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'Demon Slayer : Mugen Train' Slaying Japanese Box-Office Records

 2019 was a record-breaking year at the global box-office. Thanks to gigantic blockbuster hits like Avengers Endgame, The Lion King, Frozen 2 and Spider-Man Far From Home, there was an unprecedented number of billion dollar grossers. Observers speculated it would not be equalled for some time. None of them would have predicted how big a contrast 2020 would be. Cinemas have been shut for much of the year, and those that are open are running at drastically reduced capacity. Audiences are staying away, and Hollywood studios have pulled almost all their major releases, delaying them or switching to home releases. Surely no box-office records are being broken this year unless they're for lowest earners? Against all the odds, over in Japan, one film has been rocketing up through the all-time charts. And it's animated.

Amidst all the doom and gloom and predictions of the death of cinema, it's a story that can give cinema owners and lovers of the theatrical experience alike hope. Japan is currently doing a lot better than most western countries in terms of controlling the virus, but Japanese cinemas had been struggling like those everywhere else. Most of the new films had been delayed but perennial favourites like Studio Ghibli films or Your Name have been rereleased to fill the gaps. Despite this, Demon Slayer The Movie: Mugen Train, a movie spin-off of the TV anime Demon Slayer: Kimetsu No Yaiba has been a huge hit. Not just compared to 2020's anaemic box-office returns, but in comparison to any 'normal' year.  It had the all-time highest-grossing opening weekend, and the highest-grossing weekend totals for all five weeks it has been open.

Since October 16, the film has taken ¥ 25.9 billion (approximately $248 million). This puts it as Japan's biggest film of 2020 so far (and it's been out just over a month) and has seen it pass Your Name and Frozen to be the third highest-grossing film in the country's history, behind only Titanic and all-time-champ Spirited Away.  Eventually beating Titanic is possible, but Spirited Away's ¥ 30 billion is probably going to remain out of reach.

How has a TV spin-off managed to have such a massive success, and in the middle of a pandemic? This is considerably more than the movie outings of anime franchises considered much bigger such as Dragon Ball, Detective Conan and the mighty One Piece. Is Demon Slayer even bigger than those?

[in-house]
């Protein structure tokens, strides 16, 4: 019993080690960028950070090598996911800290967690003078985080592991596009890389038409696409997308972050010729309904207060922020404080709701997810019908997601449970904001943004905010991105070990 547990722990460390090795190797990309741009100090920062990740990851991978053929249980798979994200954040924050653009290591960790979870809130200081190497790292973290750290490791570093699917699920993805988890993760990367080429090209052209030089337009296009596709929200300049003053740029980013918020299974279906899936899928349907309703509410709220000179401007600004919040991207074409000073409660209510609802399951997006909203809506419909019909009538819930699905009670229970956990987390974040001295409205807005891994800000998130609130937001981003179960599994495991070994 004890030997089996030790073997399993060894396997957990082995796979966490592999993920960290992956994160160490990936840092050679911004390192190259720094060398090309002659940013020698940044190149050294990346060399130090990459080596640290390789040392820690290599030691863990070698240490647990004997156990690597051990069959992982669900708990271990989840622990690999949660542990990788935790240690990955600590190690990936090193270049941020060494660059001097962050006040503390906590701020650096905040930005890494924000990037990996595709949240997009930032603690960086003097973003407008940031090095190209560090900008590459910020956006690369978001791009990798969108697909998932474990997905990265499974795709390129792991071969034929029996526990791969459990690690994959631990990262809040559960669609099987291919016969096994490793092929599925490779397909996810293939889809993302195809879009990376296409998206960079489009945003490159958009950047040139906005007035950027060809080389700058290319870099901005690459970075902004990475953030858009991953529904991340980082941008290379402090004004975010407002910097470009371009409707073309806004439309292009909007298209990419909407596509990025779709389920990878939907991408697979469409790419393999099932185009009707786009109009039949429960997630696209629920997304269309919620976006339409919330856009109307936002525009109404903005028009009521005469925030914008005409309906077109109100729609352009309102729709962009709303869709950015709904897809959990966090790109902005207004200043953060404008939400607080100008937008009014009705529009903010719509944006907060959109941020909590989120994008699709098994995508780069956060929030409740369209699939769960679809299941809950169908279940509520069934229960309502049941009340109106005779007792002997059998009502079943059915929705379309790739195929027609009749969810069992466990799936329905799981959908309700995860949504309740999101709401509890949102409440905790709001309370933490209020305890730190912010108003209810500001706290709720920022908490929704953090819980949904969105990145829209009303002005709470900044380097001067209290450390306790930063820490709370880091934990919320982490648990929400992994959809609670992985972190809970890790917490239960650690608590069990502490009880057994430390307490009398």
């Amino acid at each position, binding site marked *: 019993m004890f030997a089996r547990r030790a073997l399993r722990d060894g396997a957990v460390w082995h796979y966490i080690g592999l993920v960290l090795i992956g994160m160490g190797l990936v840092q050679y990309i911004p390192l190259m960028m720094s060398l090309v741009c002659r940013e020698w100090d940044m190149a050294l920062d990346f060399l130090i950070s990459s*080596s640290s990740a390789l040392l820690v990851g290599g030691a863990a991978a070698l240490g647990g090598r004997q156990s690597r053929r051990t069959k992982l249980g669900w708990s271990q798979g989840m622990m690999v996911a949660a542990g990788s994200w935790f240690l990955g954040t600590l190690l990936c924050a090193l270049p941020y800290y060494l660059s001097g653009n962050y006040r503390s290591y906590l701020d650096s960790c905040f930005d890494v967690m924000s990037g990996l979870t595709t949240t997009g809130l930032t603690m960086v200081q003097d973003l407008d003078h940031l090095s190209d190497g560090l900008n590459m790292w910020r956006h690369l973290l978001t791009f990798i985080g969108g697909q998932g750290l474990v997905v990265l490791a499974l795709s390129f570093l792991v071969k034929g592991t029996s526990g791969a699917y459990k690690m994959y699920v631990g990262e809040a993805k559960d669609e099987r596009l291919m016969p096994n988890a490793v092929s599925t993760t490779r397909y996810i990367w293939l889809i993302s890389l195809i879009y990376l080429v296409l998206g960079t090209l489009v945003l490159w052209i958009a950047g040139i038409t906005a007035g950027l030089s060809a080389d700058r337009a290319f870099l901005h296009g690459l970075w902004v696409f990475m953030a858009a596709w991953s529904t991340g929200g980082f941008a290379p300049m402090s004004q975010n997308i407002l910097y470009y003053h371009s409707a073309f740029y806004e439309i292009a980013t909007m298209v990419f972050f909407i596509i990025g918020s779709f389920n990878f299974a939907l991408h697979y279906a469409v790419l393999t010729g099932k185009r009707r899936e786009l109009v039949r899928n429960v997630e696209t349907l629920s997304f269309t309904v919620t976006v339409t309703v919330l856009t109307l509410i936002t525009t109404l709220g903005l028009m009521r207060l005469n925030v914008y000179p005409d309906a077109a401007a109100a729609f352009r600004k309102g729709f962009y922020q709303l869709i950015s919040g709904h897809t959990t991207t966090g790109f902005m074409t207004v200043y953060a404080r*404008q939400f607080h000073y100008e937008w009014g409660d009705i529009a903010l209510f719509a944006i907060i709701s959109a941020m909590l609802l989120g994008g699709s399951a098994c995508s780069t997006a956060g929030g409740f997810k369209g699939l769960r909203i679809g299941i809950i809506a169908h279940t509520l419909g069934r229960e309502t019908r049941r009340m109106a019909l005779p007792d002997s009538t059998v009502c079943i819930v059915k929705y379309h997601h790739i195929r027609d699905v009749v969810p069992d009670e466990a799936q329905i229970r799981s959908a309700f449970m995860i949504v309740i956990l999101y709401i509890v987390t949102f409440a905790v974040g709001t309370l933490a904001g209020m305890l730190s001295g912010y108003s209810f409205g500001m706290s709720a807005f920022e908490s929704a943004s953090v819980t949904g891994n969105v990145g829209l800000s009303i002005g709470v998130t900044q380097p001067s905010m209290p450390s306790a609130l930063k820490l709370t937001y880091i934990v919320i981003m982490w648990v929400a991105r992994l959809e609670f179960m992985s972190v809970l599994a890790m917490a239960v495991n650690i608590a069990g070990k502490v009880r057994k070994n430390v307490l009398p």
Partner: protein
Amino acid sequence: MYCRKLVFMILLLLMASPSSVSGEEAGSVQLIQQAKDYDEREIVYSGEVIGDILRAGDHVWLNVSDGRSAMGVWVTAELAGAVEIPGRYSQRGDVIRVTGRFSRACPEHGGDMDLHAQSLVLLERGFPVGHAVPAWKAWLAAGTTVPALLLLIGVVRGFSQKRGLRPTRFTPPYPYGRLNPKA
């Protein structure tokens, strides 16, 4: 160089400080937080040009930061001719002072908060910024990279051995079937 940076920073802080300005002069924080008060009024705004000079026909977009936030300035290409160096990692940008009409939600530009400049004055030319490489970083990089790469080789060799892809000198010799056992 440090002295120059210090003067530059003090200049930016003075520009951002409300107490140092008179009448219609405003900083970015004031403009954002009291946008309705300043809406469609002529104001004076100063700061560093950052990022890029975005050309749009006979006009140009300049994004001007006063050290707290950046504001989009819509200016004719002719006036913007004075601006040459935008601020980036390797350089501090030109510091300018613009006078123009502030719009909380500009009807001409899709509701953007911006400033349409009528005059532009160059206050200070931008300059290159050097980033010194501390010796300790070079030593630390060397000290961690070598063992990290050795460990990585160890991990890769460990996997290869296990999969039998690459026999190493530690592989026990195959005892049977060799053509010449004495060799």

The original manga began publishing in 2016 in Weekly Shonen Jump and is available in English from Viz in collected volumes and on the Shonen Jump app. As of October 2020, it was announced it has more than 100 million copies in print making it one of the best-selling manga of all time.  A 26 episode anime adaptation from Ufotable aired between April and September 2019. The movie, described as a sequel to the first series was announced straight away.  Viz describes the series:

In Taisho-era Japan, Tanjiro Kamado is a kindhearted boy who makes a living selling charcoal. But his peaceful life is shattered when a demon slaughters his entire family. His little sister Nezuko is the only survivor, but she has been transformed into a demon herself! Tanjiro sets out on a dangerous journey to find a way to return his sister to normal and destroy the demon who ruined his life.

So it's clear that Demon Slayer is a pretty huge new series, and that would seem to go some way to explain its success. But other anime franchises are just as big, but haven't had a hit as big as this. Even Dragon Ball Z, returning after an absence of 18 years with Battle Of Gods, wasn't even close. What makes this different?

We could speculate that it might actually be partially because of the pandemic, ironically. People right now all around the world are looking for escapism. Many ways people might spend their free time may not be an option right now due to restrictions. Might it be that the film would never have been anywhere near such a big hit if it hadn't been released this year? There's no way of telling.

If you want to check out the series for yourself, to see what the fuss is about, it's available streaming on Funimation Now and Crunchyroll, or on Blu-Ray from Funimation. Funimation and Aniplex plan to screen the movie in the US in 2021.